December 8, 2011

Senate Committee on Indian Affairs Approves the Stand Against Violence and Empower Native Women Act

Washington D.C. –
Today, the Senate Committee on Indian Affairs, chaired by Senator Daniel K. Akaka (D-Hawaii), approved S.1763, the Stand Against Violence and Empower Native Women (SAVE Native Women) Act.
“I would like to offer my sincerest appreciation to Senators Franken, Udall, Inouye, Johnson, and Tester, who co-sponsored this bill, to Senator Murkowski who was added as a co-sponsor today, and to my fellow members on the Committee for approving this important piece of legislation,” said Akaka.
According to a study by the Department of Justice, there is an epidemic of brutality plaguing women in Indian Country – two out of every five women in Native communities will suffer domestic violence, and one in three will be sexually assaulted in their lifetimes. Four out of five perpetrators of these crimes are non-Indian and, under current law, cannot be prosecuted by tribal governments.
If the enacted, the SAVE Native Women Act would restore tribal criminal jurisdiction over non-Indians who commit crimes of dating violence and domestic violence on tribal lands, as well as those who violate protection orders. It would also clarify tribal civil authority and jurisdiction to issue and enforce protection orders, strengthen tribal coalition programs, and improve the response to addressing sex trafficking of Native women.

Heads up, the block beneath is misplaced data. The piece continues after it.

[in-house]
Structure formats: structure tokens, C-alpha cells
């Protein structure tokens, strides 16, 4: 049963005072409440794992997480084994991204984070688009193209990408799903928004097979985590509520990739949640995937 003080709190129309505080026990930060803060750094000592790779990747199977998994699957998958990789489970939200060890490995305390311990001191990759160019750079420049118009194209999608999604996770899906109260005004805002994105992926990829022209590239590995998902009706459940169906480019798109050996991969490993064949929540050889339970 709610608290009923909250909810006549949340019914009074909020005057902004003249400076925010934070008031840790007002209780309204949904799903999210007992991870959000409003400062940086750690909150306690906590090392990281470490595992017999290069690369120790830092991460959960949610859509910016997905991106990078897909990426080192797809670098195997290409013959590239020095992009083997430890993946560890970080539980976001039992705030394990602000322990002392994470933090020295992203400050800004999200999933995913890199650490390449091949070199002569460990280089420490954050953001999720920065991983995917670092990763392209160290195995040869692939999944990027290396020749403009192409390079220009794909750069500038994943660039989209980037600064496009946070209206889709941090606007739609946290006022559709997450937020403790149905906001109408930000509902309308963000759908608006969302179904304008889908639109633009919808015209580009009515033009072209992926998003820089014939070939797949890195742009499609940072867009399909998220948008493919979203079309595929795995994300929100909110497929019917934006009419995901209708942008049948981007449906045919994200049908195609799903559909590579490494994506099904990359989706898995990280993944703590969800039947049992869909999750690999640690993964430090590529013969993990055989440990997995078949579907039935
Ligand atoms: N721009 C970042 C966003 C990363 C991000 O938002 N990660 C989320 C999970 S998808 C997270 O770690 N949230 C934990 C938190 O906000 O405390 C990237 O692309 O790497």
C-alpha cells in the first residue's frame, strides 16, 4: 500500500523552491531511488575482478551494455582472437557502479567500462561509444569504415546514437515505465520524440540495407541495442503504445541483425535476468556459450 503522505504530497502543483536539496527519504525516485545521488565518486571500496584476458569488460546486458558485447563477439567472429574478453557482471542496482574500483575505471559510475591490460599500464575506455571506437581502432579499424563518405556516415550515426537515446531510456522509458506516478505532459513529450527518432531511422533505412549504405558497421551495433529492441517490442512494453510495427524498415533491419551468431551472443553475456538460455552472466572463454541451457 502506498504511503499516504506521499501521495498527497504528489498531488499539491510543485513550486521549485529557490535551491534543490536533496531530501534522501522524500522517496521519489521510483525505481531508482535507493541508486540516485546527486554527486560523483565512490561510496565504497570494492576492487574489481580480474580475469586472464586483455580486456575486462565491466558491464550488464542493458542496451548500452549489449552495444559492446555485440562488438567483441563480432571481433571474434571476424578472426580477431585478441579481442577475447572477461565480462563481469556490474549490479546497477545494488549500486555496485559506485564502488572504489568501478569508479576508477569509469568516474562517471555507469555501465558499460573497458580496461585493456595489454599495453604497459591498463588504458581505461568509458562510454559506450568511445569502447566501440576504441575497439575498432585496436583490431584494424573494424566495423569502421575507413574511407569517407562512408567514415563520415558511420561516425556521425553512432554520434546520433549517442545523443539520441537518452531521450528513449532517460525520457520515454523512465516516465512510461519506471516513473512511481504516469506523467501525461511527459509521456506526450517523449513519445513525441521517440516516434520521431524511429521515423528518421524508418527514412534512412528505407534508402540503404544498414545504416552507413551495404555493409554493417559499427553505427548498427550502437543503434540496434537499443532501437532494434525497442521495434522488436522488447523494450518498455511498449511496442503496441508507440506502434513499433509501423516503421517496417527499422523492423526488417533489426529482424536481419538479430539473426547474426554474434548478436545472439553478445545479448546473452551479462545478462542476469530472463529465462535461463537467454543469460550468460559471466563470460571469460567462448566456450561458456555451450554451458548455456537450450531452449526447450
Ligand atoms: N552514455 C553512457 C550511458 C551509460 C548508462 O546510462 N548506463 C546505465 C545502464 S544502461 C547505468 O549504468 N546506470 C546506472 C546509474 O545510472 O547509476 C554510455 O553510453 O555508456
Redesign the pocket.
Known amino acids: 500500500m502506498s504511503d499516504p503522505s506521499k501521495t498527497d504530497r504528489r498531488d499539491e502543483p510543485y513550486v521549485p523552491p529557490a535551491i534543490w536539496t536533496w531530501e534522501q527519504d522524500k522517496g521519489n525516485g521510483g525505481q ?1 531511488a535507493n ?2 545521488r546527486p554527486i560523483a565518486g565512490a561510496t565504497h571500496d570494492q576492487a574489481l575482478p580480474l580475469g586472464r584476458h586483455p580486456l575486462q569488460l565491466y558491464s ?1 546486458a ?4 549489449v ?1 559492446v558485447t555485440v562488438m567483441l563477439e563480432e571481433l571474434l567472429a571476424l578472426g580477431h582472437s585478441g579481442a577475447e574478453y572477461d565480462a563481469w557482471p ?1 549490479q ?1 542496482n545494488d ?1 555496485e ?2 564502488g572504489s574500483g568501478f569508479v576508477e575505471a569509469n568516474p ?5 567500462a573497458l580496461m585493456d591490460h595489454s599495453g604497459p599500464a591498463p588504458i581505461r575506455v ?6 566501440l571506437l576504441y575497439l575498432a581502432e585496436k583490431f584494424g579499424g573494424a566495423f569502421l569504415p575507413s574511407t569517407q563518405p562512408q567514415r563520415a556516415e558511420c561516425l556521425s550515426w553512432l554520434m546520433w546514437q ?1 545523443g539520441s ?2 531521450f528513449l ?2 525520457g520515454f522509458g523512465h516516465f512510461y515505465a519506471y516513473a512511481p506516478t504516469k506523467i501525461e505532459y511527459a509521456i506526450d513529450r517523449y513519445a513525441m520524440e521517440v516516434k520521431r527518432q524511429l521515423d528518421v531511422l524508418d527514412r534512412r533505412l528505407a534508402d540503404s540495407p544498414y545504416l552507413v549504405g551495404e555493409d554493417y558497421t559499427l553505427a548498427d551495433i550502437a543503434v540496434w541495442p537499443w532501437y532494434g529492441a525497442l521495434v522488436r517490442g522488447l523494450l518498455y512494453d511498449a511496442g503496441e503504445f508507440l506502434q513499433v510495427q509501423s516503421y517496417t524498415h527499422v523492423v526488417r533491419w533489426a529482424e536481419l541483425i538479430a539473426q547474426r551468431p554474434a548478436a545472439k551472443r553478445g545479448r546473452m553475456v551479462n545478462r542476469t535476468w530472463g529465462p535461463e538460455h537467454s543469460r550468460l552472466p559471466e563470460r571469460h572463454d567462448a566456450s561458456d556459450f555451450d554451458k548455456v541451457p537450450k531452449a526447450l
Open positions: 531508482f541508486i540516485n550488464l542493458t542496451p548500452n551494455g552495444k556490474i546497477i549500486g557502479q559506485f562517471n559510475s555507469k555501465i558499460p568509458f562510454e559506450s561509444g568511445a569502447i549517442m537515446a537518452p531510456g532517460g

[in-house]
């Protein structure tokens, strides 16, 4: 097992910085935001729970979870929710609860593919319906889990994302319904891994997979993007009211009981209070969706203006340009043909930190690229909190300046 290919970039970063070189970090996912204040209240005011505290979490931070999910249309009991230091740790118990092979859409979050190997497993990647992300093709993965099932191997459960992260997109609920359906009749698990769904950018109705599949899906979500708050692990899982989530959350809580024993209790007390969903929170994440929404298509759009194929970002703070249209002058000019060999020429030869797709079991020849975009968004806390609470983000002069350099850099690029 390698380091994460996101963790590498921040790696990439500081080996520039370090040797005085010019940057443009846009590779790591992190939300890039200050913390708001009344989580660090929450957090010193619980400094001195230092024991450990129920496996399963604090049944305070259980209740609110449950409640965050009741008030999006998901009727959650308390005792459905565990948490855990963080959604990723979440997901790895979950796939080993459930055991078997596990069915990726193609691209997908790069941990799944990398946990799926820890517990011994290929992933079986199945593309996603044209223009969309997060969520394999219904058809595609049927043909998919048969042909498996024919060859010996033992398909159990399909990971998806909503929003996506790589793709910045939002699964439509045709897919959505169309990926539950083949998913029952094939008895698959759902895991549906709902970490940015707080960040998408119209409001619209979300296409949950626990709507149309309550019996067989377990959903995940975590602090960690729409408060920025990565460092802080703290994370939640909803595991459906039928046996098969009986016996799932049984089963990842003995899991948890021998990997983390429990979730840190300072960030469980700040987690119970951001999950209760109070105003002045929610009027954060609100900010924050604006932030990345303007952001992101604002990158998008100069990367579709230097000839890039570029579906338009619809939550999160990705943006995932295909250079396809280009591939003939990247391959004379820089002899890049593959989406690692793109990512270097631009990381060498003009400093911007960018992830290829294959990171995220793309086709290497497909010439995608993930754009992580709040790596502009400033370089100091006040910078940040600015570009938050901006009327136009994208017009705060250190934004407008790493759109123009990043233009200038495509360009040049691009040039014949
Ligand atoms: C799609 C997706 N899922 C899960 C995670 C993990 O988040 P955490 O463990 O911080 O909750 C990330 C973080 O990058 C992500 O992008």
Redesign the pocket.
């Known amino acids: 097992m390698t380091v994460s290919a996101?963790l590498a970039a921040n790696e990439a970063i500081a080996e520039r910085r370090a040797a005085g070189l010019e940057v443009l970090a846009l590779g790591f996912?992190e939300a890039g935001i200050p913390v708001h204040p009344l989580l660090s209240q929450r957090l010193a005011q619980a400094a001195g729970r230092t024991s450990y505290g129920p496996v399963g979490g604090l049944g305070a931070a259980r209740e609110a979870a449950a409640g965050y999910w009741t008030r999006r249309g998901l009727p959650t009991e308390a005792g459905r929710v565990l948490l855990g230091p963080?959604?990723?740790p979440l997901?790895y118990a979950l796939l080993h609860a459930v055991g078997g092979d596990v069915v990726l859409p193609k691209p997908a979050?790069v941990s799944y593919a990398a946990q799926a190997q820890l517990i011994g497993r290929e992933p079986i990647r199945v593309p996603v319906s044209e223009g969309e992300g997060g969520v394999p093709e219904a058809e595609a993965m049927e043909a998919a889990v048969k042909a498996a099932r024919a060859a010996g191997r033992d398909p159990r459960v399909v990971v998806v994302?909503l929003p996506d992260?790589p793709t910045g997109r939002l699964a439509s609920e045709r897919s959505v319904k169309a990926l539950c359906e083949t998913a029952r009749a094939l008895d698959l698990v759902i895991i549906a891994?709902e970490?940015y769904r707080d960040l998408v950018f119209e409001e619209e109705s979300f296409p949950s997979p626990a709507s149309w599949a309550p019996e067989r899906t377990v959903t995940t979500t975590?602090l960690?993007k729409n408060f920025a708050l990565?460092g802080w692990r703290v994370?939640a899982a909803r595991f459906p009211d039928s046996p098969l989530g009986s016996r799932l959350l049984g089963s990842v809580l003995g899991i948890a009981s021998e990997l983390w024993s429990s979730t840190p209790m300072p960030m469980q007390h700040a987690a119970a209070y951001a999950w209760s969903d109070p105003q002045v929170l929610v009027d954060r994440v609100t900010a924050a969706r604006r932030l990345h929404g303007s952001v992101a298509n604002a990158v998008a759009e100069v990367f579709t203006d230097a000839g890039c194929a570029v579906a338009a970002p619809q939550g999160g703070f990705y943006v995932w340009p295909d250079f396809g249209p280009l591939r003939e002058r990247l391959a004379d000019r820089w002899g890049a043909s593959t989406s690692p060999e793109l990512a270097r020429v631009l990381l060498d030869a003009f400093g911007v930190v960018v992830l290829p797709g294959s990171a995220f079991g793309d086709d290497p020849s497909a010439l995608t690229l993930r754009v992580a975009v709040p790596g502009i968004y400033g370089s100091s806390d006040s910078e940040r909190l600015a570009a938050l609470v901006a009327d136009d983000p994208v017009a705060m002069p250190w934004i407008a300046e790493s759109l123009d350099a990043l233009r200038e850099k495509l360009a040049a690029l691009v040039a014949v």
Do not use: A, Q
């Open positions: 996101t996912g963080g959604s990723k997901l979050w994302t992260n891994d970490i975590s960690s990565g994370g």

“Tribal governments are in the best position to protect Native women and children from violent predators. This legislation is a critical step in the right direction,” said Sarah Deer, Amnesty International’s Native American and Alaska Native Advisory Council Member.
“My colleagues on this Committee have taken a stand for Native Women. The SAVE Native Women Act will work to prevent violent crimes against Native women and will hold perpetrators accountable for their criminal behavior,” said Senator Akaka.
“Although we cannot change the past or right the wrongs for those who have been victimized, we can change their futures by passing legislation to better protect Native women, children and families, and by putting a stop to this cycle of violence.”
Contact: Emily Deimel
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